By: Ali Elizabeth Turner
In 1994, a man named Jerome who was a member of our church in Seattle, was in Rwanda during the horrific genocide of Tutsis by the Hutus. He had been in many dangerous situations before, but nothing like this. Jerome was one of the last Westerners to get out safely, but not before he captured photos of the carnage. I will never forget looking in numbed disbelief at the stacks of skulls, skeletons and bodies, trying to get my head around the evil that had occurred there. Then when I was in Iraq, I had to face it again as young members of the Iraqi Special Forces were betrayed and beheaded through an inside job that originated on our base; the head of one young husband having been sent in a box to his widow. Later, when only a few miles away from us Al-Qaeda literally roasted a nine year old child in an oven and then invited the child’s parents “over for dinner,” the commandment to “love your enemies” was tested in a whole new way in my heart. I came back to the States not long after.
It was then, in 2007 that I became aware once again of the power of forgiveness as the media launch of the book, Left To Tell: Discovering God Amidst The Rwandan Holocaust occurred, and for me, the timing was perfect. Left To Tell is the story of a young Catholic Tutsi woman by the name of Immaculée Ilibagiza, who was hidden by a Hutu minister in the tiny, rarely used 3’x4’ bathroom in their basement. That would have been enough of a tale if she were by herself, but Immaculée was crammed in the bathroom with seven other women for 91 days. A lithe 5’9”, she went into hiding weighing 115 pounds, and came out weighing 65 pounds. The Hutu pastor who hid her and the rest of the women even hid them from his own family by moving an armoire over the door so the marauding Hutus couldn’t find them. He would sneak whatever food he could to them when he could, they flushed the toilet only when a toilet upstairs was being flushed, and they did not bathe for the entire time. Once a refugee camp was set up by the French, he snuck them out in the middle of the night to freedom.
Immaculée’s courage in forgiving the Hutu who killed her family, in tapping into a love that can only be explained as divine, and overcoming the most hideous, debilitating terror imagineable has given her a platform that is global, and just this past weekend touched the life of my trusty copy editor, Yvonne Dempsey. Yvonne came home from a conference where Immaculée was the keynote speaker, and to say that she was inspired is an understatement. I will let her tell it in her own words:
I felt a new awakening during my retreat. There were several prayerful moments during which I felt a release of bitterness, anger, resentment that I did not know resided in me. I realized that I needed to dig deep into my soul and cultivate my small seed of faith so that it would grow beyond me and spread its love to everyone. I knew I could be a better, more loving and forgiving person. After all, I am a child of God and I want to please Him in all my thoughts, words, and actions.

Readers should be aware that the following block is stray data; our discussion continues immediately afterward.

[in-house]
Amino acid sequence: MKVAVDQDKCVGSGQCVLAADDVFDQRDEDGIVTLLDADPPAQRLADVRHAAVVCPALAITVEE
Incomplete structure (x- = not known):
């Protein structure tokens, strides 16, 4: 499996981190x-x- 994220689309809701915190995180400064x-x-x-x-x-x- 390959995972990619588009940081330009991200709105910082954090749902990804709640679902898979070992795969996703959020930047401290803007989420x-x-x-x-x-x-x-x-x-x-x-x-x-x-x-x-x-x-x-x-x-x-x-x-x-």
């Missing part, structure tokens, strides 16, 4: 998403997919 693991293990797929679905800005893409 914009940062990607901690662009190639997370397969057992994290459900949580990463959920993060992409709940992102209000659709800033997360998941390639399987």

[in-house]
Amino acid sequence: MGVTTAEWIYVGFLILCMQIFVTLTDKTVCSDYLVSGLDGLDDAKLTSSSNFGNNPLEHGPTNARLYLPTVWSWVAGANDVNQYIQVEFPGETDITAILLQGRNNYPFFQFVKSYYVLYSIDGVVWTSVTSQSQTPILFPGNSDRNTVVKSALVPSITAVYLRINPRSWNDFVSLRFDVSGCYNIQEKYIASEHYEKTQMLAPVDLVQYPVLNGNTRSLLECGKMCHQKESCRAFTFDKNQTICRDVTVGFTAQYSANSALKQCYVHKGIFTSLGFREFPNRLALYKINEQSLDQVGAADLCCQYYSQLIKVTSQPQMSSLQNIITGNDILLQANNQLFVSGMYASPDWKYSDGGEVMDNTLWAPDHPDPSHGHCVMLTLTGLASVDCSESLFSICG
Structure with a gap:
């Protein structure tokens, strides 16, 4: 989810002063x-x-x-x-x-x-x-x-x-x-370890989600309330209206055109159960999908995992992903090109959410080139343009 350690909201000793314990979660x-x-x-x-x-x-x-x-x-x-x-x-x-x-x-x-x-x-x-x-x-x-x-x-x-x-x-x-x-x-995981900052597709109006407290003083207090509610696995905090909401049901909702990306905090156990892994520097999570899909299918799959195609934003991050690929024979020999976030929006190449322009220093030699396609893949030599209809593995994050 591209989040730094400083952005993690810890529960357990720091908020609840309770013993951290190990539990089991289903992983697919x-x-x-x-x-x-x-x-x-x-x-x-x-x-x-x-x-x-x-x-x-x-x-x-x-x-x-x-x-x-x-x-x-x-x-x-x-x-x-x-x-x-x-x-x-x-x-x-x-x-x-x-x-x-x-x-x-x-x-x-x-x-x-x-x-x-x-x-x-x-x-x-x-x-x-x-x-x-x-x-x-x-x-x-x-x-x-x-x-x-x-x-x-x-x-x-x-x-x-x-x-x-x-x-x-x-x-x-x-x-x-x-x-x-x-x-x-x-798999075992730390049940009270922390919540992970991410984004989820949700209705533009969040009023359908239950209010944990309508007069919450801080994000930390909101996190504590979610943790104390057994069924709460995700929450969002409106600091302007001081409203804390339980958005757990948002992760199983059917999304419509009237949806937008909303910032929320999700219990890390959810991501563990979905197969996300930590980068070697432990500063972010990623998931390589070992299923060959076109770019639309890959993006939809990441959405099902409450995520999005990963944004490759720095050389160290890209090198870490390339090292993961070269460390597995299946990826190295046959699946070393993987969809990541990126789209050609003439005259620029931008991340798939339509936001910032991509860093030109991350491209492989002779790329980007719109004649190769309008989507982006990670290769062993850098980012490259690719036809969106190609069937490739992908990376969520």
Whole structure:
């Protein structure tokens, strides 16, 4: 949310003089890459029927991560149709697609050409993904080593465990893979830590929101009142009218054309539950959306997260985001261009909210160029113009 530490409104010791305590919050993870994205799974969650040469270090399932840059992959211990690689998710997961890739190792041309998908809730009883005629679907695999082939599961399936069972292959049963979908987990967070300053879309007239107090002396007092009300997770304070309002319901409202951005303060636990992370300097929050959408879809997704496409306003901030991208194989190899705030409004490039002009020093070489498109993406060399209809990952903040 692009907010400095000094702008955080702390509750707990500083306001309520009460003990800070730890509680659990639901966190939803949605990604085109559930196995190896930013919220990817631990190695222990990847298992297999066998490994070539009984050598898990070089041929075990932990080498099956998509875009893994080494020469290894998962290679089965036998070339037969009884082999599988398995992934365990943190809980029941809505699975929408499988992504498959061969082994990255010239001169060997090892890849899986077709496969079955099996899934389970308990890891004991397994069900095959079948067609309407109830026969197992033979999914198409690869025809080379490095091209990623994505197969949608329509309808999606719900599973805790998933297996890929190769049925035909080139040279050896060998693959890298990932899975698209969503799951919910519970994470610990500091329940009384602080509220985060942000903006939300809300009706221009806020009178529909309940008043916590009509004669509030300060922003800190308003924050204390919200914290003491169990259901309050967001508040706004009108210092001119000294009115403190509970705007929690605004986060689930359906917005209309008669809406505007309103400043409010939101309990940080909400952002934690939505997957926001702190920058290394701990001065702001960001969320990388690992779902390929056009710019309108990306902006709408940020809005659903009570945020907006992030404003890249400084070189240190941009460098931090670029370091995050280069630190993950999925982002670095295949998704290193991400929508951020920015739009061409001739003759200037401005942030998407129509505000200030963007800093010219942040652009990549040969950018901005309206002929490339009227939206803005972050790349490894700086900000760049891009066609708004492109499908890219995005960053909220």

Listening to Immaculée tell her story, I couldn’t help but see the parallels between what happened there and some of the recent events in our country. In her book Led By Faith, Immaculée says, “The story of Rwanda is one that belongs to us all … Hatred, anger, mistrust, and fear enter our lives every day in a thousand different ways. We’re all wounded by these evils, but we can all be healed through the power of love and forgiveness – a power readily available to us when we have faith.” Today Immaculée visits Rwanda frequently. She says, “The power of God’s forgiveness has taken root in my country: faith is flourishing where once there was only hatred and death. God’s love is truly working a miracle in Rwanda.” Immaculée’s words give us hope – hope for our lives and hope for our country. And if God can work miracles in Rwanda, we must have faith that He can work miracles in our lives and in our country.”
Since 2007, Immaculée has gone on to publish another excellent book entitled Led By Faith: Rising From The Ashes Of The Rwandan Genocide, and several others geared more specifically toward Catholics. She has been featured on numerous Christian as well as other TV stations including Al-Jazeera. A major movie about her life is in production and is slated to be released in 2018. Also, her house in Rwanda has been re-built by the donations of people whose life she has impacted; she has become a naturalized citizen of the US, and is now the mother of two children.
In an era when people are getting a lot of traction out of being “offended” over statues, monuments, flags, old drinking fountains, and things that happened centuries ago, it is refreshing to know that the age-old promise of healing to the broken-hearted, recovery of sight to the blind, and setting at liberty them that are bruised still works without hindrance or hesitation if you let it. Just ask Immaculée.